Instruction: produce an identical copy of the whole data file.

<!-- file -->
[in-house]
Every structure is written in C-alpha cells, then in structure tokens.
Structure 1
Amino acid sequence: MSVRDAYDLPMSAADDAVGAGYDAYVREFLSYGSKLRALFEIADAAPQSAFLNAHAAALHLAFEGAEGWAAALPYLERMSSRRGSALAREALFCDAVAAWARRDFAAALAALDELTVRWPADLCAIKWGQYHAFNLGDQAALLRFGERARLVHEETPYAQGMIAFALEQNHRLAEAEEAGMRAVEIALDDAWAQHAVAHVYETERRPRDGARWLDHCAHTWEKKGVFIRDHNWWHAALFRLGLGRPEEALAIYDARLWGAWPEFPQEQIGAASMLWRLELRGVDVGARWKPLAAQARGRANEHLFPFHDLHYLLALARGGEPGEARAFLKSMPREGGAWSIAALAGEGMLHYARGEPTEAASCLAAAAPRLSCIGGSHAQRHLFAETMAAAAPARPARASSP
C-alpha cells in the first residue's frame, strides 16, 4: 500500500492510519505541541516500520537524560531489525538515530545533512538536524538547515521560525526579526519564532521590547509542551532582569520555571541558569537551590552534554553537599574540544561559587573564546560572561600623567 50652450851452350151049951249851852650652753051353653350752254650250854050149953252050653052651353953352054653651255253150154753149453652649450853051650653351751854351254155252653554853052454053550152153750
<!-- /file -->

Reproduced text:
[in-house]
Every structure is written in C-alpha cells, then in structure tokens.
Structure 1
Amino acid sequence: MSVRDAYDLPMSAADDAVGAGYDAYVREFLSYGSKLRALFEIADAAPQSAFLNAHAAALHLAFEGAEGWAAALPYLERMSSRRGSALAREALFCDAVAAWARRDFAAALAALDELTVRWPADLCAIKWGQYHAFNLGDQAALLRFGERARLVHEETPYAQGMIAFALEQNHRLAEAEEAGMRAVEIALDDAWAQHAVAHVYETERRPRDGARWLDHCAHTWEKKGVFIRDHNWWHAALFRLGLGRPEEALAIYDARLWGAWPEFPQEQIGAASMLWRLELRGVDVGARWKPLAAQARGRANEHLFPFHDLHYLLALARGGEPGEARAFLKSMPREGGAWSIAALAGEGMLHYARGEPTEAASCLAAAAPRLSCIGGSHAQRHLFAETMAAAAPARPARASSP
C-alpha cells in the first residue's frame, strides 16, 4: 500500500492510519505541541516500520537524560531489525538515530545533512538536524538547515521560525526579526519564532521590547509542551532582569520555571541558569537551590552534554553537599574540544561559587573564546560572561600623567 50652450851452350151049951249851852650652753051353653350752254650250854050149953252050653052651353953352054653651255253150154753149453652649450853051650653351751854351254155252653554853052454053550152153750